Genesis 12: 10-20

Canaan was plagued by a devastating famine ‘and Abram went down into Egypt to sojourn there’ (vs. 10). There is no reference to be found in Gods word about the justification or condemnation of this step, taken by Abram. Some argue it as a lack of faith, others as a step of wisdom. Either way, Abram went to Egypt, knowing that the custom of many rulers is that of taking beautiful women for themselves. Knowing this troubled Abram because Sarai was a very beautiful woman, despite the fact that she was at least sixty-five years old. He urges Sarai to deceive the Egyptians by telling that she is his sister. This is half true, as Genesis 20: 12 indicates. One might say that Abram was right in his premise. Sarai was taken into Pharaoh’s house and Abram was still alive. Pharaoh gave bountiful riches to Abram.
Until now God was silent, but in verse 17 He starts to act: ‘And the LORD plagued Pharaoh and his house with great plagues’. Janzen says that Abram might suppose that the promise to him can be accomplished through some other woman, but

‘if God moved to act for Sarai’s sake as well as Abram’s, a first signal is given here that Sarai is integral to the divine agenda with Abram’ (1993: 26).

Pharaoh, apparently knowing that the plagues where due to his adultery with Sarai, reacted shocked and angry. In verse 19 and 20 Pharaoh commanded Abram to leave his country, and Abram went back to the Negev richer as before (cf. Genesis 13: 1). According to Westermann (1995: 144) Pharaoh reacted this way because he acknowledged the power behind Abram and Sarai.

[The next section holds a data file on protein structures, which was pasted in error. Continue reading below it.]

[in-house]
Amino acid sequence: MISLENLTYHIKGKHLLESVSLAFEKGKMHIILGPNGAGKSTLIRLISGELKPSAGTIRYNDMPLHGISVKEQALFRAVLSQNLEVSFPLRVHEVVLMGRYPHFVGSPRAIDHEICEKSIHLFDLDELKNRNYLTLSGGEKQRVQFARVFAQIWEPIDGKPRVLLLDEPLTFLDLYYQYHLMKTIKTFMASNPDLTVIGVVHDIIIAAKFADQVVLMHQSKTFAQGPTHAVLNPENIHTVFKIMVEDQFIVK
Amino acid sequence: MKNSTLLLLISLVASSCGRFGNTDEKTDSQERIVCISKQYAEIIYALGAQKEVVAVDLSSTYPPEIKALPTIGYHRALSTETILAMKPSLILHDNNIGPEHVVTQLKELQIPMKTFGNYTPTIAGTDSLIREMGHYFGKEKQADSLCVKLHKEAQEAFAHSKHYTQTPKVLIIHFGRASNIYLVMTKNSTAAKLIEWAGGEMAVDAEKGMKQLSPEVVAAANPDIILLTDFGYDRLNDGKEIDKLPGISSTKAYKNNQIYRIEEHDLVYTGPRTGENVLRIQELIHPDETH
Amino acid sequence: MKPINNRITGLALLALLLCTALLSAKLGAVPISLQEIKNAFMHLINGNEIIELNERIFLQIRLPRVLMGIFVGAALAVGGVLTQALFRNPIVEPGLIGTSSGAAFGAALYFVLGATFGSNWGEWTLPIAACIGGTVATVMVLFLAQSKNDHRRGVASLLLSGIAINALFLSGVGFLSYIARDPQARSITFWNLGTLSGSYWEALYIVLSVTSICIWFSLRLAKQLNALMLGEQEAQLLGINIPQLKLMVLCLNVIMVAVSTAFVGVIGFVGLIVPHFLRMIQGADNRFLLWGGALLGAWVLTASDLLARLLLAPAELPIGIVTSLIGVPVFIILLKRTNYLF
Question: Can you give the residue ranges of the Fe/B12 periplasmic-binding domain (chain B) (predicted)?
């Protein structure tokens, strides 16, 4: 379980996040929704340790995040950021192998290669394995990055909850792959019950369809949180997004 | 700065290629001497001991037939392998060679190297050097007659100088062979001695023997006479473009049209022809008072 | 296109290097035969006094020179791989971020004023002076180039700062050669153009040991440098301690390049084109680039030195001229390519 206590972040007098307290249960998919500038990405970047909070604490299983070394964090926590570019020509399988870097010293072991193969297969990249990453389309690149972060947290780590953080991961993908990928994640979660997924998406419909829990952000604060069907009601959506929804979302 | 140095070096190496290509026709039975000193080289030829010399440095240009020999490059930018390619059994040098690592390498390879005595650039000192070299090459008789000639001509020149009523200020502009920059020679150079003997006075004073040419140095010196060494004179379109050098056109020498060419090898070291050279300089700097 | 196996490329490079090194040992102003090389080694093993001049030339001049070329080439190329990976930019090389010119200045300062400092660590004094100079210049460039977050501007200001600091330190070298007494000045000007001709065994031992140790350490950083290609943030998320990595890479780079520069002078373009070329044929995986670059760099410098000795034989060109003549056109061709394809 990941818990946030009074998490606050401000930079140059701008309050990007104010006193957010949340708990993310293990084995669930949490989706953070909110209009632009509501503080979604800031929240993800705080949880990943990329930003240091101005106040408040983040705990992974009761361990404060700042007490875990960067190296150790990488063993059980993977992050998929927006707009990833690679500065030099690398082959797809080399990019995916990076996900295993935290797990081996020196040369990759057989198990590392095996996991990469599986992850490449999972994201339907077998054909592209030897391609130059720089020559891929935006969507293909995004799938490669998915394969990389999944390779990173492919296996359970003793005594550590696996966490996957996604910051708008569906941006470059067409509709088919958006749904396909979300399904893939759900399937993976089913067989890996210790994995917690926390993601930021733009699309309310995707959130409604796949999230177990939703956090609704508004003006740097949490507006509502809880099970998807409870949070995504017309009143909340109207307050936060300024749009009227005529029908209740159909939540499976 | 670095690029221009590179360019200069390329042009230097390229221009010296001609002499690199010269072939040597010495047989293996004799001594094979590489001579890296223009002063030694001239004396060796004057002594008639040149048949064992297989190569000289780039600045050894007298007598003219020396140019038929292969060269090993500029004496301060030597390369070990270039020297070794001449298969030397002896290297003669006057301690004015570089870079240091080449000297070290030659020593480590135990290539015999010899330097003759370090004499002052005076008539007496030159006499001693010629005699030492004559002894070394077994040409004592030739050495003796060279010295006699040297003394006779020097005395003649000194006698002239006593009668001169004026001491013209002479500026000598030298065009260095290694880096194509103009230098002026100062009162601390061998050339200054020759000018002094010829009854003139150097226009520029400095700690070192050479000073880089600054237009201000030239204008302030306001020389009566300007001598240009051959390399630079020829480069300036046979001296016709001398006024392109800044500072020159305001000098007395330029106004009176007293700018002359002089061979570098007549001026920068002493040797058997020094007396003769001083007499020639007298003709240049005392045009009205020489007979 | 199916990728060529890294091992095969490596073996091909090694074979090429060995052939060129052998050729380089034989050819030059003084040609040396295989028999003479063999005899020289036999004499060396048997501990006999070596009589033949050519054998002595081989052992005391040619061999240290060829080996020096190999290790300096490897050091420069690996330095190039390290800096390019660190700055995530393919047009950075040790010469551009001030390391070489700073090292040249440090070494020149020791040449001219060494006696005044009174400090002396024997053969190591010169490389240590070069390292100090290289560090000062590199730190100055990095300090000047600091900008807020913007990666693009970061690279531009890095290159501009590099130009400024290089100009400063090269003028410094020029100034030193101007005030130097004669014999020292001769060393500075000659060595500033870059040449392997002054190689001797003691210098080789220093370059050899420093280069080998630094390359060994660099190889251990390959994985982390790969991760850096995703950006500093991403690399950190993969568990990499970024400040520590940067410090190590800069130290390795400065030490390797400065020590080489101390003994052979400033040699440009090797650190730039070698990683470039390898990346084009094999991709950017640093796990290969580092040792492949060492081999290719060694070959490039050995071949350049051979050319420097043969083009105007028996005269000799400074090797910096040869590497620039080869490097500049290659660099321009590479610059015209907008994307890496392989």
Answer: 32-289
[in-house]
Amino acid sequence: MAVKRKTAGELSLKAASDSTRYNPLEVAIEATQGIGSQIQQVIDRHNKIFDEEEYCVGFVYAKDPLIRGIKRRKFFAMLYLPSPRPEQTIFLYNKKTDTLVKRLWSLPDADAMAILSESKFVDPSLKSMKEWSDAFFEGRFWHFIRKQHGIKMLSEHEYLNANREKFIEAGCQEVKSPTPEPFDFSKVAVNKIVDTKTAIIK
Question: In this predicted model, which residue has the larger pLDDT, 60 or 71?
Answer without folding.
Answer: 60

Verse 10- 20 can be seen as a foreshadowing of the Exodus story. The move to Egypt because of a famine, dangerous for the man and not for the woman, the act of God in the plagues, and finally the order by Pharaoh to leave the country richer than before (cf. Genesis 42; Exodus 1: 15- 16; 7; 12: 31- 36).


Chapter 12 is without doubt a very important chapter for the ancient and contemporary Jewish community. Here they can read what God had promised for His nation. This chapter can be seen as the starting point of a new phase in human history.
The obedience of Abram functions as an example for the people of Israel. He came from an idol worshipping country, and did what God told him to do. Brueggemann (2003: 50) enumerates it as followed:

‘He is the one who ventured into the unknown at the behest of God’s imperative. He had faith sufficient to trust the promise against all of the settled data at hand, to risk upon the basis of nothing more than God’s assuring utterance’.

Abram did not always live an unblemished life, but the reliability of God can be seen throughout the history. Especially during persecution and exile this reliability of God must have been a great encouragement for the Israelites.